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Newton Knight and over one hundred other men from Jones County, Mississippi deserted the Confederate army and took up arms against the Confederacy in 1862. Recognizing the corrupt operations of the Confederacy, Knight and other men left the front lines and found refuge in the swamps and rivers in the county. Deserter's Den Lake is one of these hideouts. Supposedly the men who came to be known as the Knight Company carved their initials into a petrified stump in the swamp surrounding this lake. Knight and his company would eventually take over the Jones county courthouse, raising a Union flag and declaring themselves Southern Yankees.


  • Deserter's Den Lake
  • Newton Knight date unknown

Born in Jones County, Mississippi in 1829, Newton Knight lived in the Piney Woods region of the county. This small community that thrived here was a mix of wealthy slaveholders, small planters with few slaves and yeoman farmers. Although Knight owned no slaves, his grandfather was a wealthy slave owner. Knight’s first wife, Serena Turner also descended from a wealthy, slave holding family. Despite this, Jones County was decidedly anti secession in 1860 after Lincoln’s election. Despite the secession of Mississippi from the Union most families in the area felt that as small farmers who owned no slaves and planted no cotton, they had nothing to gain from fighting for the Confederacy. 

In 1862 the Confederacy enacted the twenty negroes law. This allowed sons of families owning twenty or more slaves to return home from the war front. Men like Knight, mostly poor farmers were forced to stay on the front lines. Meanwhile the sons of wealthy planters were allowed to return home. This move made by the Confederate government proved to Knight and others in his unit that the civil war was a poor man's fight and a rich man's war. 

Jasper Collins, a friend and neighbor of Knight, deserted the army in 182. Newt would soon follow after learning that the CSA had taken his family's horses. Knight and up to 125 other men formed the Knight Company. These men hid in the swamps and forest outside of Jones County to avoid being jailed for desertion. They also attempted to protect their communities resources from the draining commissary department of the Confederacy. The men would ambush supply trains headed to the front lines and take the provisions instead to the starving families in the county. Bolstered by a support network of family and community members, many Confederate officials like tax assessors and sheriffs found it impossible to put an end to the Night Company’s actions. Major Amos LeMore attempted to round up the growing number of Jones county men who refused to return to the front lines. He was soon found shot dead in the nearby town of Ellisville. Many believe that Knight was the man who pulled the trigger.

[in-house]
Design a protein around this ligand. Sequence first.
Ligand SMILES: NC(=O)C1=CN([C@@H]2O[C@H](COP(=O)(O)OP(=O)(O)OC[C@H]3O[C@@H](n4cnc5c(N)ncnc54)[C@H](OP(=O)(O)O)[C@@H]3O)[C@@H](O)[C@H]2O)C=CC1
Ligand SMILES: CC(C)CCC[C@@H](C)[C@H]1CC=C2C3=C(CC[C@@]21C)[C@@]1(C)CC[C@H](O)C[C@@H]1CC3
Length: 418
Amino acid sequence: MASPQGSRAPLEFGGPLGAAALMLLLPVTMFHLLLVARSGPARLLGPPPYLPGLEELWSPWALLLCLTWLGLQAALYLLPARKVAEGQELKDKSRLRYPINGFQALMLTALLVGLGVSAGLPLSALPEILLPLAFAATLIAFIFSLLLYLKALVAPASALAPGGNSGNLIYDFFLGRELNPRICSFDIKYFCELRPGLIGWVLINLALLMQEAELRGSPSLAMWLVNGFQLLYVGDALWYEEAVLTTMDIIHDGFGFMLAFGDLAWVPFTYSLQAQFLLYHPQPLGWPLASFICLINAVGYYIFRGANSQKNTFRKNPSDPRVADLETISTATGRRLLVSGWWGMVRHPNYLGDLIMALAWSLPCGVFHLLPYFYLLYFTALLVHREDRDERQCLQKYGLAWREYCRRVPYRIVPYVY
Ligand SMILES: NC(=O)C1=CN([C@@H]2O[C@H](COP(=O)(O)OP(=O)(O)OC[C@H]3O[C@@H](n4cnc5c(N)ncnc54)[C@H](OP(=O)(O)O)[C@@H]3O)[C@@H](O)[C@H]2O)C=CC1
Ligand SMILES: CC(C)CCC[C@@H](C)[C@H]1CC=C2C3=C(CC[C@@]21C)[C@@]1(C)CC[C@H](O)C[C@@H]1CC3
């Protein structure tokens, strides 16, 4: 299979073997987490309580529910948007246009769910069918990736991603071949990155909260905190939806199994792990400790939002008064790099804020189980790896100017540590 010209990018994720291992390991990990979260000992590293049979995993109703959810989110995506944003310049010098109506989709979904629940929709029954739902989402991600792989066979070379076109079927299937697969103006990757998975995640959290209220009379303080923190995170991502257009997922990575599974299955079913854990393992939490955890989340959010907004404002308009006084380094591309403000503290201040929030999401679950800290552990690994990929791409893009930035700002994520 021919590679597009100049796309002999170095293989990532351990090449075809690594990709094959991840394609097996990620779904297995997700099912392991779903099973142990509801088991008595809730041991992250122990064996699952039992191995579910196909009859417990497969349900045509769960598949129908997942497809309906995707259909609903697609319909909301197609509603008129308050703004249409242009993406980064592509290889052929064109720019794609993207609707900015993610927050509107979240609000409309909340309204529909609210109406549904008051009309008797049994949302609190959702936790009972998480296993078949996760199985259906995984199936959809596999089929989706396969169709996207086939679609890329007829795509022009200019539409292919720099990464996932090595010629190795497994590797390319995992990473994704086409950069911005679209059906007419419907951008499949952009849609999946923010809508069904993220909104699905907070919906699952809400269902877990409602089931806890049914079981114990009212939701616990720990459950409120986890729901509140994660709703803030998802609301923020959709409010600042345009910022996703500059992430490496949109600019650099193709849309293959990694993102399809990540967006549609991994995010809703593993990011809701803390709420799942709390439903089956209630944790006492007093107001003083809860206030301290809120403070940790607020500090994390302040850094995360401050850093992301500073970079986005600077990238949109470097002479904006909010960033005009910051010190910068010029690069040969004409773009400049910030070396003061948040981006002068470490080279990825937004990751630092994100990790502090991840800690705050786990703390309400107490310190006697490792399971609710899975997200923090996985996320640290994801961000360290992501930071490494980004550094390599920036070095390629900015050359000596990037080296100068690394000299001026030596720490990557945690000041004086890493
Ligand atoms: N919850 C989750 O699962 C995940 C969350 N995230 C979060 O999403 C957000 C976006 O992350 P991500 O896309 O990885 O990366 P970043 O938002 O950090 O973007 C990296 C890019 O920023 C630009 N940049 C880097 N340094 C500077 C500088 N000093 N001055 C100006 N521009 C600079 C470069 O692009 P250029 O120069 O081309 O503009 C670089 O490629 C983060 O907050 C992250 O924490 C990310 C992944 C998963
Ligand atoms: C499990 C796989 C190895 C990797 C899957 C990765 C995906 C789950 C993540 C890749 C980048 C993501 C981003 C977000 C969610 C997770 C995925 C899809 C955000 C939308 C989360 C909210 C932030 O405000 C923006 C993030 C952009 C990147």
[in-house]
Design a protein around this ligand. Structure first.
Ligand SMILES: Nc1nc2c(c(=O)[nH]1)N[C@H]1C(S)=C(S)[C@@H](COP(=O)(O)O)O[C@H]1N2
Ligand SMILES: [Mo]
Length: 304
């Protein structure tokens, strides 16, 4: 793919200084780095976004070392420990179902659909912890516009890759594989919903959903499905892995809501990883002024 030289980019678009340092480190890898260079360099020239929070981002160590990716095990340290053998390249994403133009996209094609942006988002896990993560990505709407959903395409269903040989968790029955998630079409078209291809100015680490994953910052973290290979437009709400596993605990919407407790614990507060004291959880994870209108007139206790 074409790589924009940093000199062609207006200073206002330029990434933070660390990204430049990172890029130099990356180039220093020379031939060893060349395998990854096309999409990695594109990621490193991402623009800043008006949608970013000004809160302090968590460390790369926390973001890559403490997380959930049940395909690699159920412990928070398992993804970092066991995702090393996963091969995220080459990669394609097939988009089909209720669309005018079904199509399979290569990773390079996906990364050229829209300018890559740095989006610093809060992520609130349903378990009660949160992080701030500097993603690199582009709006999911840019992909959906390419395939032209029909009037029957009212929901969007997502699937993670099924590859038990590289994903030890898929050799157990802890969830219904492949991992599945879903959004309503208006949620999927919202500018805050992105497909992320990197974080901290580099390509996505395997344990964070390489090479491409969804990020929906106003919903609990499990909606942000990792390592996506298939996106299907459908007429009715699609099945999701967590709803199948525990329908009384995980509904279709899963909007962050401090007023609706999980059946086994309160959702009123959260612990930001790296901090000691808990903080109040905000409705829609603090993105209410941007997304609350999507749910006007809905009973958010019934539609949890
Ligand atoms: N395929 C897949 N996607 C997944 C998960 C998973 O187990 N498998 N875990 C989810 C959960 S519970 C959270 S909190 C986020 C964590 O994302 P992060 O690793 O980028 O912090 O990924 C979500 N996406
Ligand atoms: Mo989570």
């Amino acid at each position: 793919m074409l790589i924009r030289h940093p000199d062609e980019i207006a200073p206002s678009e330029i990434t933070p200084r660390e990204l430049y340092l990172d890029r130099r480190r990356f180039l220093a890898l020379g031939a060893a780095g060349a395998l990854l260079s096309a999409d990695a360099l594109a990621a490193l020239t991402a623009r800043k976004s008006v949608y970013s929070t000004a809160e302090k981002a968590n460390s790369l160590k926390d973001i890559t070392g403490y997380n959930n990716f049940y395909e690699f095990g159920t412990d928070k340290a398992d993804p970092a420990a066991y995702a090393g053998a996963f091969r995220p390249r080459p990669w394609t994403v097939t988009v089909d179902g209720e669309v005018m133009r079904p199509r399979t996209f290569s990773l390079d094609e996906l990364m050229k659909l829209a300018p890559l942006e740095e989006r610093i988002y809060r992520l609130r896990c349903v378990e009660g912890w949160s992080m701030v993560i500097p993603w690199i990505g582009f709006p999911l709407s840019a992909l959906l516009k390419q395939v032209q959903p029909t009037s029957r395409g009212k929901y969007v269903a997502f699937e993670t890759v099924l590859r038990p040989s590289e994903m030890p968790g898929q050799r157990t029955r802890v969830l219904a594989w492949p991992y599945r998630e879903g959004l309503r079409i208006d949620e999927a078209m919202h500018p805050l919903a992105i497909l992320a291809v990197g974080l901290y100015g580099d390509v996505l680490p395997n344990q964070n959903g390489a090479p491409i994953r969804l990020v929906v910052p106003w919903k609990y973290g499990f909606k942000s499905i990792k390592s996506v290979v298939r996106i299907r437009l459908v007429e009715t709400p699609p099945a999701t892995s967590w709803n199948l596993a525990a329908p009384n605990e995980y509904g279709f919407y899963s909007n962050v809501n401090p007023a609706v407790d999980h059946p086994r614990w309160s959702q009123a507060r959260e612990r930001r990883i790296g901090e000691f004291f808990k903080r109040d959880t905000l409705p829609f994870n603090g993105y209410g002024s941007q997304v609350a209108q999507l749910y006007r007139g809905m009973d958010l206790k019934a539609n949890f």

The Knight Company overtook the Ellisville courthouse and raised a Union flag in 1864. The Natchez Courier of Natchez, Mississippi reported that Jones County had seceded from the Confederacy. In 1864, Colonel Robert Lowry travelled to Jones County determined to make an example out of the men hiding in the swamps. Equipped with an army and bloodhounds, Lowry successfully drove men out of the swamps. Ten of Knight’s men were hanged and many deserters returned to the army. Knight however, evaded capture and remained hidden until the end of the war almost a year later. After the surrender of the Confederacy in April of 1865 Knight was commissioned by the US Army to distribute food to the starving citizens in his home county.

Bynum, Victoria E. The Free State of Jones: Mississippi's Longest Civil War. Chapel Hill, NC: University of North Carolina Press, 2003.

Bynum, Victoria E. The Long Shadow of the Civil War: Southern Dissent and Its Legacies. Chapel Hill: University of North Carolina Press, 2010.

Huff, Ruby. “A Skirmish – Cavalry versus Deserters – Where in Newt Knight's men raid Lowrey’s Raiders”. The Renegade South. Victoria Bynum, March 8, 2011. 

Image Sources(Click to expand)

https://thenewstateofjones.com/historic_locations/devils-den/

http://mshistorynow.mdah.state.ms.us/articles/309/newton-knight-and-the-legend-of-the-free-state-of-jones